2. Radically targeted Police Violence and Mass Incarceration. The web of policies and practices that have resulted in racially targeted police violence and the incarceration of millions in the United States, are Nazi-like. We have 5% of the world’s population, and 25% of its prisoners. Like the Nazis, the US system targets racialized groups, especially African Americans, Latina/o/x people and Native Americans for non-violent or trumped-up offenses.

    Solitary Confinement requires special condemnation. The Nazi’s perfected solitary confinement, putting people in coffin-sized spaces and providing them with a rope, to induce suicide. The rooms in which the US confines people do not need to be as bad to make this comparison. Solitary confinement in the US is meant to, and does torture, as it did in Nazi Germany.

    Prison labor. Most concentration camps were work camps. The free labor of these prisoners, coupled with the land and property stolen from those incarcerated, fed the Aryan population, shoring up their support for the regime. It also benefited German business. As a tour guide at Dachau said, “If you could justify the incarceration and prison labor of these people, you would be able, eventually to justify all Nazi terror.” Prison labor in the US that benefits corporations and keeps prices low is Nazi-like.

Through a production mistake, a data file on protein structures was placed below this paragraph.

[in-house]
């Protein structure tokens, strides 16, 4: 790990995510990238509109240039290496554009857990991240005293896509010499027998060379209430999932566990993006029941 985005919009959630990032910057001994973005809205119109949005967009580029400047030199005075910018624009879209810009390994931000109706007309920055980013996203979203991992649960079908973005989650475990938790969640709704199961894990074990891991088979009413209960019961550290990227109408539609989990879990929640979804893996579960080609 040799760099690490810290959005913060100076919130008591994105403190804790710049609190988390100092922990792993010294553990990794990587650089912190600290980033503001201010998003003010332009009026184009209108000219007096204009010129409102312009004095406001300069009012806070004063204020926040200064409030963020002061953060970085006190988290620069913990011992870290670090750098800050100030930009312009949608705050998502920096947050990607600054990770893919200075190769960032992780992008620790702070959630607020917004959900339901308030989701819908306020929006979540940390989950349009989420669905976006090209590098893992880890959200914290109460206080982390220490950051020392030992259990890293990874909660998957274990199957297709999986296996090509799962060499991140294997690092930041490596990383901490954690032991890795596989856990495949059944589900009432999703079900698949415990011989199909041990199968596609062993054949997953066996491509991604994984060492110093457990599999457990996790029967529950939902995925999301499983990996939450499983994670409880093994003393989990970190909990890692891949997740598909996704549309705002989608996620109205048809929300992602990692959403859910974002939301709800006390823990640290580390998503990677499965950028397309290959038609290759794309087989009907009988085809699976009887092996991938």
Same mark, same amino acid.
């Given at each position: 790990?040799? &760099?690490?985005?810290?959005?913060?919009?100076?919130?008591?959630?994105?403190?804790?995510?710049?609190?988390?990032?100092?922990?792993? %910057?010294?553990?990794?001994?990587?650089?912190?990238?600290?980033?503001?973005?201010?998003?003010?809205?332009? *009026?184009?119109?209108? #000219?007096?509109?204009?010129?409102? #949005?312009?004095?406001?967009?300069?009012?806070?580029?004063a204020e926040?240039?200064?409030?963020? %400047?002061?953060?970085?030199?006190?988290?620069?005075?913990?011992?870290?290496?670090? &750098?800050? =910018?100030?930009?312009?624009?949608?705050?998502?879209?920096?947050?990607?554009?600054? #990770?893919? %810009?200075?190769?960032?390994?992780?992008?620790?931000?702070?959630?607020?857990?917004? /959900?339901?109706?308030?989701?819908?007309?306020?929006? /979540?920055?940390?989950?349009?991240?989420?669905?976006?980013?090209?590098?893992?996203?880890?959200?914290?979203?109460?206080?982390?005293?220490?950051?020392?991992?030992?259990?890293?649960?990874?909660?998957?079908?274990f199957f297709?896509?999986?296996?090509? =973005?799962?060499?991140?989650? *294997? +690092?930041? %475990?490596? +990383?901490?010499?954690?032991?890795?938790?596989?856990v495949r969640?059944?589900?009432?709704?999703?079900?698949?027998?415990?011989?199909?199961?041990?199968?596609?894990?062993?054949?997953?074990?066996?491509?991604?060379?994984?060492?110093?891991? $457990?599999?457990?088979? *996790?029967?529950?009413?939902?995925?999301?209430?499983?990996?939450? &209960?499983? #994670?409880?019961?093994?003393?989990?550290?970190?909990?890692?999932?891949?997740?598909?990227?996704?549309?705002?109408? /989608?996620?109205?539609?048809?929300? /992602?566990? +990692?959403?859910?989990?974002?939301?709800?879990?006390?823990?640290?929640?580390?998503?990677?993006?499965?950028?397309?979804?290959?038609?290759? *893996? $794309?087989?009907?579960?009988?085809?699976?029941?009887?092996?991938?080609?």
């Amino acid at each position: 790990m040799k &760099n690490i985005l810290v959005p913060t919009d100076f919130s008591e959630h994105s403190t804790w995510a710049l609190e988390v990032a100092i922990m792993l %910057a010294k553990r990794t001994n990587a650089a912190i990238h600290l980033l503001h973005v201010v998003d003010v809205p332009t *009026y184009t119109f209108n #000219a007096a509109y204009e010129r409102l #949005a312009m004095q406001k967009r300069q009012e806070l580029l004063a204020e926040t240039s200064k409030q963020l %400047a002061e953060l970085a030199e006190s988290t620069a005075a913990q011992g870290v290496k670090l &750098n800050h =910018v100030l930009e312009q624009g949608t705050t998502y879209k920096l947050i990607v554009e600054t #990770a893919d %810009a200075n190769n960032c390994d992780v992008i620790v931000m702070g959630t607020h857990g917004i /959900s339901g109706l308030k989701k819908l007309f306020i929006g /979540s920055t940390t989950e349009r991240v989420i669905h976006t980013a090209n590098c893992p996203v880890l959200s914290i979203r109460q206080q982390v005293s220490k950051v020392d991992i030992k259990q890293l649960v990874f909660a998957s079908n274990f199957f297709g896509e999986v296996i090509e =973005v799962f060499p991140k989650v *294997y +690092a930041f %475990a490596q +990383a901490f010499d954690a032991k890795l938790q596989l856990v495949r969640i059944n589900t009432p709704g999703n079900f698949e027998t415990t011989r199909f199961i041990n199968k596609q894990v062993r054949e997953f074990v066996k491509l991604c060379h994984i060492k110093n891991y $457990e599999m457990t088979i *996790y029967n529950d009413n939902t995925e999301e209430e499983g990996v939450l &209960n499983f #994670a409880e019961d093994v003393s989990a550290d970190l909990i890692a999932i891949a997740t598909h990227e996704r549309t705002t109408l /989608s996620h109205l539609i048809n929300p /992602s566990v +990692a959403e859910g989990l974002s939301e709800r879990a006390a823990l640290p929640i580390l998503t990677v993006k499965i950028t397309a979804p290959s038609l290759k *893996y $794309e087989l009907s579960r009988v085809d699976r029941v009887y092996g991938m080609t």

The Nazi’s first strategy was to get Jews to self-deport using carrots and sticks of various kinds. It was when these policies did not work that they moved to extermination. US current self-deportation policies and practices focused on immigrants are emblematic of Nazi thinking. 

As a Jew, I find the idea that my Never Again pledge should only concerned with “my people,” is also dangerous. I see the consequences of that ideology in the policies of Israel. The same week I visited Dachau in the Spring of 2018, Israel was reigning terror on a people protesting decades of forced removal, the stealing their homeland, the deprivation of livelihoods, and targeted violence. Not speaking up about these atrocities is also a violation of my Never Again pledge. 

At Dachau, Never Again is cast in stone in several languages.

As the child of a Nazi Holocaust refugee, I feel I must be on alert to call out individual echoes of Nazi policy and practice. If I do not do so, then parroting “Never Again” is worse than meaningless. I can practice my pledge, by supporting public history endeavors like America’s Black Holocaust Museum and being unflinching in my commitment to demanding an end to government policies today that engage in othering of a people and denying them human rights.